In prison, Derek joins the Aryan Brotherhood but, after about a year, he becomes disillusioned with the Aryan Brotherhood, particularly over the group's hypocritical friendly relations with a Hispanic gang member, and their trafficking of narcotics. In response to Derek's criticisms, Aryan Brotherhood members savagely beat and rape him in the shower. While recovering from the attack, Derek is visited by Sweeney, whom he asks for help to be paroled. Sweeney informs him of Danny's involvement with neo-Nazis, and warns that he is on the same path as his older brother. Sweeney confesses that he hated white people as a youth, but eventually realized that hatred is pointless.
Derek further distances himself from the Aryan Brotherhood and changes his outlook on life. He spends the remainder of his time in prison alone, reading books that Sweeney sends him. He fears that the prison's black inmates will attack him, but they leave him alone, thanks to Lamont's persuasion. Finally realizing the error of his ways, Derek leaves prison a changed man.
In the evening that Derek returns home from prison, he finds that Danny has a D.O.C. tattoo. Derek tries to persuade Danny to leave the gang. Later that night, they both go to a neo-Nazi party, where Derek tells the leader, Cameron, that he and Danny will no longer associate with the neo-Nazi movement. Cameron provokes Derek, who beats him up. In response, Danny's neo-Nazi friend Seth Ryan (Ethan Suplee) runs after Derek and aims a pistol at him, which Derek wrestles from him and points at the angry crowd before running away. Danny angrily confronts Derek, who tells him about his experience in prison, which seems to prompt a change in Danny. Back at their home, they remove all the white power posters from their bedroom walls.
The next morning, Danny finishes his paper and Derek gets ready for a meeting with his parole officer. Derek walks Danny to school before his meeting, and on their way they stop at a diner where they are met by Sweeney and a police officer. They tell Derek that Cameron and Seth were attacked the previous night and have been hospitalized.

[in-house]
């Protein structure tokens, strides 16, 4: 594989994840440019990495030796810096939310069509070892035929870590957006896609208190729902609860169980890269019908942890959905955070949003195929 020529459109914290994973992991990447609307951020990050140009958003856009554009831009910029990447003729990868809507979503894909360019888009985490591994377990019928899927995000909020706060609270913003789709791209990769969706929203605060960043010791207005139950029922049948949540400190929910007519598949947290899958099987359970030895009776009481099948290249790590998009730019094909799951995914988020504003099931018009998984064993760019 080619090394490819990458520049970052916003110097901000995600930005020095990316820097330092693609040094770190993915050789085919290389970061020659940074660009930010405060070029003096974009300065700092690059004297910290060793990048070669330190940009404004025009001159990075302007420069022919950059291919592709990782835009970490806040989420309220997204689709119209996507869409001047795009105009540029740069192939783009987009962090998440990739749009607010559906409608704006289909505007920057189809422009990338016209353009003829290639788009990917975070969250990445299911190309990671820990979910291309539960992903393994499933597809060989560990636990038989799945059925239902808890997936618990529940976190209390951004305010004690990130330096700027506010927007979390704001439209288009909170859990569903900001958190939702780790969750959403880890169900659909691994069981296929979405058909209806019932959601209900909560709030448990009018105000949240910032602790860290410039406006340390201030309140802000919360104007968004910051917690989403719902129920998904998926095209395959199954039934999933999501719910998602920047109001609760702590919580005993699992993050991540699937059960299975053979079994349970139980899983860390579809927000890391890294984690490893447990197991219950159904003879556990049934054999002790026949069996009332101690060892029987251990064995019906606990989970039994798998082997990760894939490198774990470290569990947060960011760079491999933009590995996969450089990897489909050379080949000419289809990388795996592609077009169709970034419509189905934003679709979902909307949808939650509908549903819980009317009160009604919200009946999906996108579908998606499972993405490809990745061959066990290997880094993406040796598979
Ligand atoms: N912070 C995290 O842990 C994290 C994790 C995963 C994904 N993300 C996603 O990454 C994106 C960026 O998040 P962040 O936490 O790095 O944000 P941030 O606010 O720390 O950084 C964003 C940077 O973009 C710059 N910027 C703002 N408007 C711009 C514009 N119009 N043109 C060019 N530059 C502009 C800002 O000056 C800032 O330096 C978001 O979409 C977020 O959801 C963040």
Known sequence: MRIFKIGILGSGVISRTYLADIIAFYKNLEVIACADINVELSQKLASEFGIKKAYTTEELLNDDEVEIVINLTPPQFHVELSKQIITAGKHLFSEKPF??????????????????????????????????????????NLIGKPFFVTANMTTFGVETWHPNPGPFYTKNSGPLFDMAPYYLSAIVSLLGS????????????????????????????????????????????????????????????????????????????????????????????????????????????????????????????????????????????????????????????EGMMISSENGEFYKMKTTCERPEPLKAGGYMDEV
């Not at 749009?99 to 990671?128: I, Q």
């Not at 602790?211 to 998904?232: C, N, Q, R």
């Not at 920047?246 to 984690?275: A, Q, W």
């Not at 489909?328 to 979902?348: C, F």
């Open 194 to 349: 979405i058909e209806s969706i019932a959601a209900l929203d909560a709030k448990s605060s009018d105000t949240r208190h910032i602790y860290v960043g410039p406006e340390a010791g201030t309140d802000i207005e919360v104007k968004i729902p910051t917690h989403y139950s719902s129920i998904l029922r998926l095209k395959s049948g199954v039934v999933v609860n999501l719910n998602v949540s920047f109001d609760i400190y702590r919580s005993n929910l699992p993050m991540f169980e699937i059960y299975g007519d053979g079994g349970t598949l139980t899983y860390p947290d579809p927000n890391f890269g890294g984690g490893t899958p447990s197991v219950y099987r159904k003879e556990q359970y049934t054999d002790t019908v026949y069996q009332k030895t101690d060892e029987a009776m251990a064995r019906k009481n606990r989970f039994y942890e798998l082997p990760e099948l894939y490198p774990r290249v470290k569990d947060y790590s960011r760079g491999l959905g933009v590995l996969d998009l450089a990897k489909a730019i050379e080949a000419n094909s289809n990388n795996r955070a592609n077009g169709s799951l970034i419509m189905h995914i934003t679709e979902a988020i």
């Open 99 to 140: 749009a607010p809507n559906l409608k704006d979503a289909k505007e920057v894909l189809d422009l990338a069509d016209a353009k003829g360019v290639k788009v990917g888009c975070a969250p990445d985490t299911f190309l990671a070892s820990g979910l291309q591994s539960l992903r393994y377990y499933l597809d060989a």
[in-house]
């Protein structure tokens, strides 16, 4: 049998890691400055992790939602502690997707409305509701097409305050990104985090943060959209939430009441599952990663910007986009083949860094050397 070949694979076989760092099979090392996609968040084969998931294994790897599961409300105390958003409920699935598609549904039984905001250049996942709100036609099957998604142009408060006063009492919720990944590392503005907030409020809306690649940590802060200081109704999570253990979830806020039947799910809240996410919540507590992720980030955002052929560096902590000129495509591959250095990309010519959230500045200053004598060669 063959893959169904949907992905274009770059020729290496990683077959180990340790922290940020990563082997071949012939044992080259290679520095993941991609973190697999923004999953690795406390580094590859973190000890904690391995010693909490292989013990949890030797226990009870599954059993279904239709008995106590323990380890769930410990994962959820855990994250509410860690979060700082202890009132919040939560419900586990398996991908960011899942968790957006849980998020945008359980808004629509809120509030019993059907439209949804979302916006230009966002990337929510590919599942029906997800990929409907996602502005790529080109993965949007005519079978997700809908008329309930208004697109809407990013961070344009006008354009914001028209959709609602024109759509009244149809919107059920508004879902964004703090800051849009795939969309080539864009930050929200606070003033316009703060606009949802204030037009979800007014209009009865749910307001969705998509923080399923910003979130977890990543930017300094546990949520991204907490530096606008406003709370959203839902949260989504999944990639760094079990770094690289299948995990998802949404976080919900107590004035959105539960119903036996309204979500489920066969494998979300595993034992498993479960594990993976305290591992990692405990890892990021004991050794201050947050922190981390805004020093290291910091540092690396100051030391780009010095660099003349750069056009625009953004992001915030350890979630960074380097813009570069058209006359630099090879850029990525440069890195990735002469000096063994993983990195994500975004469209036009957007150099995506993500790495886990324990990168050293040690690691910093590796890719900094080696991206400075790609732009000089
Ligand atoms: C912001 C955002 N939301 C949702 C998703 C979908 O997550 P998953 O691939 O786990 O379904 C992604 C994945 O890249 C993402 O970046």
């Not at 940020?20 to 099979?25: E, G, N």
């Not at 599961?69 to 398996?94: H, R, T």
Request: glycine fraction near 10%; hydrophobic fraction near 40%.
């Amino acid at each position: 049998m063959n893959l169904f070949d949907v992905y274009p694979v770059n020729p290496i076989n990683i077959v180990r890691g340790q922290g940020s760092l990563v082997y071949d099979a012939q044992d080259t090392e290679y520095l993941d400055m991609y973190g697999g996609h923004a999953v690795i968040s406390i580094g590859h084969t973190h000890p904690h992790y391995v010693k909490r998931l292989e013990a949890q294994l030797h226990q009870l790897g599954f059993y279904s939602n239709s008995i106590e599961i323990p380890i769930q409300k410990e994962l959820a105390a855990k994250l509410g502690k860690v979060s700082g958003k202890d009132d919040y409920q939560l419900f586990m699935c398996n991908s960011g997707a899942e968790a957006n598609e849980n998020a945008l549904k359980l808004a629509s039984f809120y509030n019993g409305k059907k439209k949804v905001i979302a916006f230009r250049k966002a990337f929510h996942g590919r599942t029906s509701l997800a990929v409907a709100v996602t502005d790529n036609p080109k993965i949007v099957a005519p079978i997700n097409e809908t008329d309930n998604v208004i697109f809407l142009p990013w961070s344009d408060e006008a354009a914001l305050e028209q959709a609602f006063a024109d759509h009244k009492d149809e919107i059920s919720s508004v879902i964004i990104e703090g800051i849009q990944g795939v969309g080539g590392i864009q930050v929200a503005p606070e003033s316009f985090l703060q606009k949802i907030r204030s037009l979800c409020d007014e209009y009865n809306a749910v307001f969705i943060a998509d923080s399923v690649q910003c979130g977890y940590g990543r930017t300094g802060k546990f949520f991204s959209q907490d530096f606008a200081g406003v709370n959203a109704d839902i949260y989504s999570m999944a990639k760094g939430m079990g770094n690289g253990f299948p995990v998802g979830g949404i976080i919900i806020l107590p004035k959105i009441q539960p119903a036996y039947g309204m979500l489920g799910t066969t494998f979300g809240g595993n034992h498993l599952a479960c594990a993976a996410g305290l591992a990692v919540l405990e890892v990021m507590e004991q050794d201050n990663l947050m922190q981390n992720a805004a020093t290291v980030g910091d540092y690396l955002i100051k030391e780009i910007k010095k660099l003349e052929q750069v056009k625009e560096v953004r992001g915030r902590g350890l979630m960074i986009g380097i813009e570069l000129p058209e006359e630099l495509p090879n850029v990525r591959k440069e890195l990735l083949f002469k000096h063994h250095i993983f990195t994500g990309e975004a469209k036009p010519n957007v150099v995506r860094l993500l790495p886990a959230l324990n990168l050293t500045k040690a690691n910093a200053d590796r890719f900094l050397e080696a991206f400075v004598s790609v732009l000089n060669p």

At school, Danny is confronted by a young black student named Little Henry, with whom he had a confrontation the previous day. Little Henry shoots and kills Danny. Derek arrives at the school, runs into the bathroom and sadly mourns for Danny.
The film ends with a voice over of Danny reading the final lines of his paper for Dr. Sweeney, stating "Hate is baggage. Life's too short to be pissed off all the time. It's just not worth it." and then quoting the final stanza of Abraham Lincoln's first inaugural address.
- Edward Norton as Derek Vinyard
- Edward Furlong as Danny Vinyard
- Beverly D'Angelo as Doris Vinyard
- Jennifer Lien as Davina Vinyard
- Ethan Suplee as Seth Ryan
- Fairuza Balk as Stacey
- Avery Brooks as Dr. Bob Sweeney
- Elliott Gould as Murray
- Stacy Keach as Cameron Alexander
- William Russ as Dennis Vinyard
- Guy Torry as Lamont
- Joseph Cortese as Rasmussen
- Keram Malicki-Sánchez as Chris
- Giuseppe Andrews as Jason
- Christopher Masterson as Daryl Dawson
- Paul Le Mat as McMahon
All music composed by Anne Dudley.
|1.||"American History X"||4:46|
|4.||"Playing to Win"||3:49|
|5.||"People Look at Me and See My Brother"||1:41|
|6.||"If I Had Testified"||4:05|
|7.||"A Stranger at My Table"||3:31|
|8.||"Putting Up a Flag"||2:06|
|11.||"Starting to Remind Me of You"||1:43|
|12.||"The Right Questions"||3:24|
|13.||"The Path to Redemption"||2:56|
|14.||"We Are Not Enemies"||2:05|
|16.||"Storm Clouds Gathering"||2:04|
Shooting took place in Los Angeles, California. With some suggestions from New Line, director Tony Kaye made a second heavily shortened cut, which New Line rejected as it bore little resemblance to the first. Film editor Jerry Greenberg was brought in to cut a third version with Edward Norton.
Kaye disowned the third version as the final cut of the film, as he did not approve of its quality. He tried and failed to have his name removed from the credits, openly telling some interviewers he tried to invoke the Alan Smithee pseudonym which the Directors Guild of America used to reserve for such cases. When his request was denied, Kaye tried "Humpty Dumpty" as an alternative name.
American History X was released on October 30, 1998 and grossed $156,076 in seventeen theaters during its opening weekend. The film went on to gross $6,719,864 from 513 theaters in the United States, and a total of $23,875,127 worldwide.